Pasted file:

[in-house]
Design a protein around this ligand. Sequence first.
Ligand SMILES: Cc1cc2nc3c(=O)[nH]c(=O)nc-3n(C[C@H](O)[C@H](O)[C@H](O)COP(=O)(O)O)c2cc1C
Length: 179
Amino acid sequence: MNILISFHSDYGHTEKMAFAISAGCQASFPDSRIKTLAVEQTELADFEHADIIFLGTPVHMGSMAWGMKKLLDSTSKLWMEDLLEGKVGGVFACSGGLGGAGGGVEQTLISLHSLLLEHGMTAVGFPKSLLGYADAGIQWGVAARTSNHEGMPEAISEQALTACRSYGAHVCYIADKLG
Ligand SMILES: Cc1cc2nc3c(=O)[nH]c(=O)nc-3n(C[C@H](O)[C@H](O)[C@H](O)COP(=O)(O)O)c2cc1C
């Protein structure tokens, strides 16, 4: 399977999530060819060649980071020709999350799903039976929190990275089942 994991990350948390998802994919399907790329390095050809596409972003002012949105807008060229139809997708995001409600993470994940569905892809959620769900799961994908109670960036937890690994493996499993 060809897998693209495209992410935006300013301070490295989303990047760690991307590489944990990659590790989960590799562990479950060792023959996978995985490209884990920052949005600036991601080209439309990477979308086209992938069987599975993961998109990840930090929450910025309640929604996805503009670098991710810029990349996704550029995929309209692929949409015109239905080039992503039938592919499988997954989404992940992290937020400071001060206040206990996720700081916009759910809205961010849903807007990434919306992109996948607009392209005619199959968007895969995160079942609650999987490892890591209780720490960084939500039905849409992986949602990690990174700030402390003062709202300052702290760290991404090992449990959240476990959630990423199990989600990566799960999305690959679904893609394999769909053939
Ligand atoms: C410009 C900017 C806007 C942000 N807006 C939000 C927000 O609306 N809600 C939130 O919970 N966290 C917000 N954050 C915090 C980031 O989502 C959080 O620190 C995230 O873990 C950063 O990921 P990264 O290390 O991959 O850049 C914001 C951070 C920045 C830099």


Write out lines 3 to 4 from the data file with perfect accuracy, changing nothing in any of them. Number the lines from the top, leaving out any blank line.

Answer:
Ligand SMILES: Cc1cc2nc3c(=O)[nH]c(=O)nc-3n(C[C@H](O)[C@H](O)[C@H](O)COP(=O)(O)O)c2cc1C
Length: 179